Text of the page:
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0 0.5 1 1.5 2+ Mortality 8% Improvement Relative Risk Ventilation -2% 7-point scale 22% primary c19early.org/cp Denkinger et al. Conv. Plasma for COVID-19 RCT LATE Favors conv. plasma Favors control
Anti-SARS-CoV-2 antibody-containing plasma improves outcome in patients with hematologic or solid cancer and severe COVID-19: a randomized clinical trial
Denkinger et al., Nature Cancer, doi:10.1038/s43018-022-00503-w
Denkinger et al., Anti-SARS-CoV-2 antibody-containing plasma improves outcome in patients with hematologic or solid cancer and.., Nature Cancer, doi:10.1038/s43018-022-00503-w
Dec 2022   Source   PDF  
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RCT 134 hospitalized patients showing no significant difference in outcomes with convalescent plasma for all patients, however significantly improved mortality and time to improvement was seen for patients with cancer.
risk of death, 8.2% lower, RR 0.92, p = 0.39, treatment 68, control 66, inverted to make RR<1 favor treatment, day 84.
risk of mechanical ventilation, 2.5% higher, RR 1.02, p = 1.00, treatment 19 of 68 (27.9%), control 18 of 66 (27.3%).
risk of 7-point scale, 22.5% lower, HR 0.78, p = 0.22, treatment 68, control 66, inverted to make HR<1 favor treatment, primary outcome.
Effect extraction follows pre-specified rules prioritizing more serious outcomes. Submit updates
Denkinger et al., 29 Dec 2022, Randomized Controlled Trial, Germany, peer-reviewed, 54 authors, study period 3 September, 2020 - 20 January, 2022.
Contact: claudia.denkinger@uni-heidelberg.de, carsten.mueller-tidow@med.uni-heidelberg.de.
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Abstract: nature cancer Article https://doi.org/10.1038/s43018-022-00503-w Anti-SARS-CoV-2 antibody-containing plasma improves outcome in patients with hematologic or solid cancer and severe COVID-19: a randomized clinical trial Received: 16 September 2022 A list of authors and their affiliations appears at the end of the paper Accepted: 29 November 2022 Published online: xx xx xxxx Check for updates Patients with cancer are at high risk of severe coronavirus disease 2019 (COVID-19), with high morbidity and mortality. Furthermore, impaired humoral response renders severe acute respiratory syndrome coronavirus 2 (SARS-CoV-2) vaccines less effective and treatment options are scarce. Randomized trials using convalescent plasma are missing for high-risk patients. Here, we performed a randomized, open-label, multicenter trial (https://www.clinicaltrialsregister.eu/ctr-search/trial/2020-001632-10/DE) in hospitalized patients with severe COVID-19 (n = 134) within four risk groups ((1) cancer (n = 56); (2) immunosuppression (n = 16); (3) laboratory-based risk factors (n = 36); and (4) advanced age (n = 26)) randomized to standard of care (control arm) or standard of care plus convalescent/vaccinated anti-SARS-CoV-2 plasma (plasma arm). No serious adverse events were observed related to the plasma treatment. Clinical improvement as the primary outcome was assessed using a seven-point ordinal scale. Secondary outcomes were time to discharge and overall survival. For the four groups combined, those receiving plasma did not improve clinically compared with those in the control arm (hazard ratio (HR) = 1.29; P = 0.205). However, patients with cancer experienced a shortened median time to improvement (HR = 2.50; P = 0.003) and superior survival with plasma treatment versus the control arm (HR = 0.28; P = 0.042). Neutralizing antibody activity increased in the plasma cohort but not in the control cohort of patients with cancer (P = 0.001). Taken together, convalescent/vaccinated plasma may improve COVID-19 outcomes in patients with cancer who are unable to intrinsically generate an adequate immune response. The coronavirus disease 2019 (COVID-19)-associated risk of death is particularly high for patients with hematologic or solid cancer1–3, advanced age4,5 and other conditions6,7. Both humoral8 and cellular9 immunodeficiency contribute to unfavorable outcomes. Despite this, severe acute respiratory syndrome coronavirus 2 (SARS-CoV-2) vaccine availability and waning vaccine efficacy in these patients remain concerning10,11. Few therapies improve outcomes in severe COVID-19 with impaired oxygenation12. Monoclonal antibodies as pre- or postexposure prophylaxis or as early treatment can reduce the risk of severe COVID-19 (refs. 13,14). Evidence for the benefit of monoclonal antibodies in patients requiring oxygen supplementation is missing15 or pending16. e-mail: Claudia.Denkinger@uni-heidelberg.de; carsten.mueller-tidow@med.uni-heidelberg.de Nature Cancer Article https://doi.org/10.1038/s43018-022-00503-w Randomized (n = 134)a Allocation Allocated to plasma (n = 68) - All received the allocated intervention (n = 68) Allocated to standard of care (n = 66) - All received the allocated intervention (n = 66) Follow-up Lost to follow-up (n = 10)b - At day 14 (n = 1) - At day 28 (n = 2) - At day 56 (n = 2) - At day 84 (n = 5) Lost to follow-up (n = 4)b - At day 14 (n = 1) - At day 56 (n = 3) Discontinued intervention (received only one infusion of..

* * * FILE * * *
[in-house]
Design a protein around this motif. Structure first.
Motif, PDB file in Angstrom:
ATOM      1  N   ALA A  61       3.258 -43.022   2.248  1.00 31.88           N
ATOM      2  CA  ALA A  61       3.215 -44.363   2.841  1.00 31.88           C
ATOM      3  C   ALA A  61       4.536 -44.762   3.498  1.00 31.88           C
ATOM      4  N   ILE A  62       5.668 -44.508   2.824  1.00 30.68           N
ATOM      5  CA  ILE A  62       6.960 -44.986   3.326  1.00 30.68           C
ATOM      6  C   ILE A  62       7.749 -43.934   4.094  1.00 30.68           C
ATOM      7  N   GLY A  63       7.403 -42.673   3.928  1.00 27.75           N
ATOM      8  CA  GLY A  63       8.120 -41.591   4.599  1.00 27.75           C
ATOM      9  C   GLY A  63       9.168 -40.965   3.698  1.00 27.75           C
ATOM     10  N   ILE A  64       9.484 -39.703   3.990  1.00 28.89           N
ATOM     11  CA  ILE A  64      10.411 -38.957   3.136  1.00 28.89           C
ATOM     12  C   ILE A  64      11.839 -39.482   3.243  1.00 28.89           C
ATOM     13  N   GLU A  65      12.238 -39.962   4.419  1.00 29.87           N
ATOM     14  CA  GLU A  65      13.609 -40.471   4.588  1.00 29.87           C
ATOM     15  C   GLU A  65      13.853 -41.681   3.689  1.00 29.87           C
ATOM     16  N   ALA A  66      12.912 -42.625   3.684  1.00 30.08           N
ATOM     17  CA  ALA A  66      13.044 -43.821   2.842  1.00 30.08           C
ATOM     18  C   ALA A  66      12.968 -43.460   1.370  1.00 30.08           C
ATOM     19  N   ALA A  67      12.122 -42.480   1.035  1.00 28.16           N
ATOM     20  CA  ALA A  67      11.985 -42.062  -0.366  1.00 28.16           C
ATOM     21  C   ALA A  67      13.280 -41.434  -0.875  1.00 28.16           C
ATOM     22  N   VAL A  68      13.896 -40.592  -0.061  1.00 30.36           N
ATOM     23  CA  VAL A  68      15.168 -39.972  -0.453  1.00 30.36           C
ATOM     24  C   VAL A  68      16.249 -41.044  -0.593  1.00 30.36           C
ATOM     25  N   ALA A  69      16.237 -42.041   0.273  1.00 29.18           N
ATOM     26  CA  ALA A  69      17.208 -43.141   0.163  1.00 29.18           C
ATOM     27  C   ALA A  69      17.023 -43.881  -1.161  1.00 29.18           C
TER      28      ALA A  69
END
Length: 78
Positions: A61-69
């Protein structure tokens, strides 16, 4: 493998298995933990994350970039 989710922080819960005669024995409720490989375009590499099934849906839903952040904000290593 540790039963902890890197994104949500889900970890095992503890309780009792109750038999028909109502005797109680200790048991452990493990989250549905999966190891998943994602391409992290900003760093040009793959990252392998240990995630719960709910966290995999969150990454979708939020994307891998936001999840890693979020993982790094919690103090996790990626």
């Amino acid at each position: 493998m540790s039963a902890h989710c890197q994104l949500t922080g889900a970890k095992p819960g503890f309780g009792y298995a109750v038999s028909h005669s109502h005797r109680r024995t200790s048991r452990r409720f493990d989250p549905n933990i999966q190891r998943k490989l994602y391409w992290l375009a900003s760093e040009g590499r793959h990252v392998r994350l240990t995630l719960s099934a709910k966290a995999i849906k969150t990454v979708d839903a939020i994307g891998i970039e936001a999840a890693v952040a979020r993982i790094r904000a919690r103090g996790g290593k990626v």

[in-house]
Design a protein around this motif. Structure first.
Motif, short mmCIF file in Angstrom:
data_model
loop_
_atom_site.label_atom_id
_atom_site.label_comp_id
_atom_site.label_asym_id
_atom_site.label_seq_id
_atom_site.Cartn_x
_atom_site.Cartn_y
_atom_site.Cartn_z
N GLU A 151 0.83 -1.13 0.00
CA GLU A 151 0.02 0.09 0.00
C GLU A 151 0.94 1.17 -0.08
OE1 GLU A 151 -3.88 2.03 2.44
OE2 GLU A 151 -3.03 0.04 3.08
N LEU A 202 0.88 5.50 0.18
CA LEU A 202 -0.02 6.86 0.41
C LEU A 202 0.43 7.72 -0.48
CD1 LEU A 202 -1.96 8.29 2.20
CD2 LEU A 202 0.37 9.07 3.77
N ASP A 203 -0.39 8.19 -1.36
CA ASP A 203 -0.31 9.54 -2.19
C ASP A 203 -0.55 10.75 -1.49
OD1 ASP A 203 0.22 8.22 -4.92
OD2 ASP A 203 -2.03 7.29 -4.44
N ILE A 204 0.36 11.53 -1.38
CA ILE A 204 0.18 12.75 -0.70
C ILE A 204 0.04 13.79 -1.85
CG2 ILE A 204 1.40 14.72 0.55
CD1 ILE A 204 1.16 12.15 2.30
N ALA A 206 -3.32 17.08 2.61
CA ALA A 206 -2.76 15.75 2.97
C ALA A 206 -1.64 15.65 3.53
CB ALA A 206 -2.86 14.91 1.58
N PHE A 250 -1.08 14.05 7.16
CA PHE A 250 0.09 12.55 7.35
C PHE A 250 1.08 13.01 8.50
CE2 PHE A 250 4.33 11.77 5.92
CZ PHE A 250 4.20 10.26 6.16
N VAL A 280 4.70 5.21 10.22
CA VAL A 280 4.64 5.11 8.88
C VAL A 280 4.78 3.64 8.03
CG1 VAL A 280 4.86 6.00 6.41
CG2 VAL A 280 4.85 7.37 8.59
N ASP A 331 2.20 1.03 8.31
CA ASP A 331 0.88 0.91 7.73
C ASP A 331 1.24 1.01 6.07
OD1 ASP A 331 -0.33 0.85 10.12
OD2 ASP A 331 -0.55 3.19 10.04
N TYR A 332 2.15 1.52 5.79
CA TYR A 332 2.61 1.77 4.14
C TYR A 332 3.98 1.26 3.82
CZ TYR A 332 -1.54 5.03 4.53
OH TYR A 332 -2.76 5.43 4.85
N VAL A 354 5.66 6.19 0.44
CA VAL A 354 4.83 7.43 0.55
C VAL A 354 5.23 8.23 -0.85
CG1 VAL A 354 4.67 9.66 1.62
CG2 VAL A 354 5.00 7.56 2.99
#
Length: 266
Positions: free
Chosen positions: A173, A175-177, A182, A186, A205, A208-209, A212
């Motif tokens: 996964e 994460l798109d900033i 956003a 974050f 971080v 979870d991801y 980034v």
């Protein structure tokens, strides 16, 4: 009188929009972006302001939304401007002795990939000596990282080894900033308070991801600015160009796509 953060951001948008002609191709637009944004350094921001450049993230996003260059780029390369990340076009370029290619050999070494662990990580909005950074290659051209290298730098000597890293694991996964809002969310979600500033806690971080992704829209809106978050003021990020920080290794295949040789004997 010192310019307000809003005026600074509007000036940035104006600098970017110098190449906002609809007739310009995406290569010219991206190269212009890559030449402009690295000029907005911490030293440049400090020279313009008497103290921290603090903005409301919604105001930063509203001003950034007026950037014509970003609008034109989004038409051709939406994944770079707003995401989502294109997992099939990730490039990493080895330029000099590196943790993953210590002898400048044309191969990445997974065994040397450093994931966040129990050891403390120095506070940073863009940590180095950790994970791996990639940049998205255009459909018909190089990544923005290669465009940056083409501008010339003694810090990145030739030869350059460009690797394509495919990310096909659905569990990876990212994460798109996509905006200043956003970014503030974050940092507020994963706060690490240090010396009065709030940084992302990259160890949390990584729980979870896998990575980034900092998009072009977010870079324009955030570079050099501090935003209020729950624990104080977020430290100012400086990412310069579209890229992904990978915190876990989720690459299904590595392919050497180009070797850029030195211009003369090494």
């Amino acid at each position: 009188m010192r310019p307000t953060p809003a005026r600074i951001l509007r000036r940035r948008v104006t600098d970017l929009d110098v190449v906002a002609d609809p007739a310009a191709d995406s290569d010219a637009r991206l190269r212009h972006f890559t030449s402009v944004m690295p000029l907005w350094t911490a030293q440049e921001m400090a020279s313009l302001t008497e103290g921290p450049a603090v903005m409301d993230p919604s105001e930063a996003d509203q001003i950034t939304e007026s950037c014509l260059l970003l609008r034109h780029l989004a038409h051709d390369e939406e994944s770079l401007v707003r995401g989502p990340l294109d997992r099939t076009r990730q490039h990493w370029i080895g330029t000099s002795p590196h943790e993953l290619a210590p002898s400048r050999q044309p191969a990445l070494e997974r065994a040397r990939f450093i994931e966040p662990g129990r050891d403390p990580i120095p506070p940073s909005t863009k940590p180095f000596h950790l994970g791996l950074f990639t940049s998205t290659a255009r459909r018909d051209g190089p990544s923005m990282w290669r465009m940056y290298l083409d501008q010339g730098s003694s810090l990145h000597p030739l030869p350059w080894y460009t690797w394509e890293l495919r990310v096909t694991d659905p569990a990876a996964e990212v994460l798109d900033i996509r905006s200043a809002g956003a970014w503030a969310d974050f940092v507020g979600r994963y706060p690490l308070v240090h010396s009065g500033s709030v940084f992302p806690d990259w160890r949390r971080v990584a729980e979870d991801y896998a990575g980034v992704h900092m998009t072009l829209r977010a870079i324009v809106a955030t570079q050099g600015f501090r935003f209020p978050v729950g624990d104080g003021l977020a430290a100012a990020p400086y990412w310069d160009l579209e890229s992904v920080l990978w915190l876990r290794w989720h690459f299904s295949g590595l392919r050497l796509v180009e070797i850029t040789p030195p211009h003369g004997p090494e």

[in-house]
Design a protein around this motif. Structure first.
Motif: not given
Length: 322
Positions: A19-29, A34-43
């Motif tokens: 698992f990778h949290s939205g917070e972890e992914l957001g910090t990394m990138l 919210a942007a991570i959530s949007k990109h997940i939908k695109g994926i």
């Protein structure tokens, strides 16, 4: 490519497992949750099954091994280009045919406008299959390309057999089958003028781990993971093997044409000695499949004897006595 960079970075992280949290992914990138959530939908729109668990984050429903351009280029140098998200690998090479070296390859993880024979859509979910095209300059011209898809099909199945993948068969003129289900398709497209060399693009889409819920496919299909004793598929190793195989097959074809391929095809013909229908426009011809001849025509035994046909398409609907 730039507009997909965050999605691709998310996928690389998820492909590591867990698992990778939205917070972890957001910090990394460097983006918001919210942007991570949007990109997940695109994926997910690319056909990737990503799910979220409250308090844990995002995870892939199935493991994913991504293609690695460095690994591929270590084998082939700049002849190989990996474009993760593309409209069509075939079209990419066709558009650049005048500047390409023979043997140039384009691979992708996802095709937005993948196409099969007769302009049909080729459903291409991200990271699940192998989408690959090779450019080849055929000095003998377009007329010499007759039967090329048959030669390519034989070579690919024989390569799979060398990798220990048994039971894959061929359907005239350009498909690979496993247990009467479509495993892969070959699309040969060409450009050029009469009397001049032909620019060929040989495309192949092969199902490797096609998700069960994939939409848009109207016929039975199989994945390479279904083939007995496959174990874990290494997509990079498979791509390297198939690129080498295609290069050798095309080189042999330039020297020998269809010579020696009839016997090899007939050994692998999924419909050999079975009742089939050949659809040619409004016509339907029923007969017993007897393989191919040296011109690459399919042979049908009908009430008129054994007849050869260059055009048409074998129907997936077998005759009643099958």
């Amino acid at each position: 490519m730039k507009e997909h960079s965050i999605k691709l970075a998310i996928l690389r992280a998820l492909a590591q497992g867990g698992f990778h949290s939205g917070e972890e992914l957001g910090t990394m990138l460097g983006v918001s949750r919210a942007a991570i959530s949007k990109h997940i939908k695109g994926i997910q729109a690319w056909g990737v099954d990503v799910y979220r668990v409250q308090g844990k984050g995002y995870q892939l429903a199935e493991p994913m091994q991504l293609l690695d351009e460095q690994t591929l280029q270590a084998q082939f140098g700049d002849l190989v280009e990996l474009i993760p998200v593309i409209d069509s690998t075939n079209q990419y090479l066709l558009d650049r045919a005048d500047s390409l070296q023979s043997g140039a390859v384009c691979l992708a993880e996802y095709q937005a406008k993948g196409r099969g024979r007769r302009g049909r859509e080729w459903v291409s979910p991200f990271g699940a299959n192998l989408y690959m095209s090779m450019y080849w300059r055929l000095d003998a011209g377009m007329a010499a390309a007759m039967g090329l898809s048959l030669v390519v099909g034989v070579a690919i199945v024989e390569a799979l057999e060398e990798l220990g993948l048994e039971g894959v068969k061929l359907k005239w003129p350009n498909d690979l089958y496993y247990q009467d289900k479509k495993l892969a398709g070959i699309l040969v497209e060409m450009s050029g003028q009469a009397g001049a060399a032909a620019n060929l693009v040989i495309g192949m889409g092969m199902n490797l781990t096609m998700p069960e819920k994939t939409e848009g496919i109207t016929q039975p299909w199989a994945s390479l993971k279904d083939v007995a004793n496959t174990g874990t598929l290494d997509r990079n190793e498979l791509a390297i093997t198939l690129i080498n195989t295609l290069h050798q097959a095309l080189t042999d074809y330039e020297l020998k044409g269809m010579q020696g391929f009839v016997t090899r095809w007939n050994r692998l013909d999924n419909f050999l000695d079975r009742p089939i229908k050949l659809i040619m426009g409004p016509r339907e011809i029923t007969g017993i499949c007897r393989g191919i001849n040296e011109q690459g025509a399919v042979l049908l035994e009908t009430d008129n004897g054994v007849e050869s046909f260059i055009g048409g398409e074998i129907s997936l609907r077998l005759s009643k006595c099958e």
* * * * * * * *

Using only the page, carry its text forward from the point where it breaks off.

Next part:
Late treatment
is less effective
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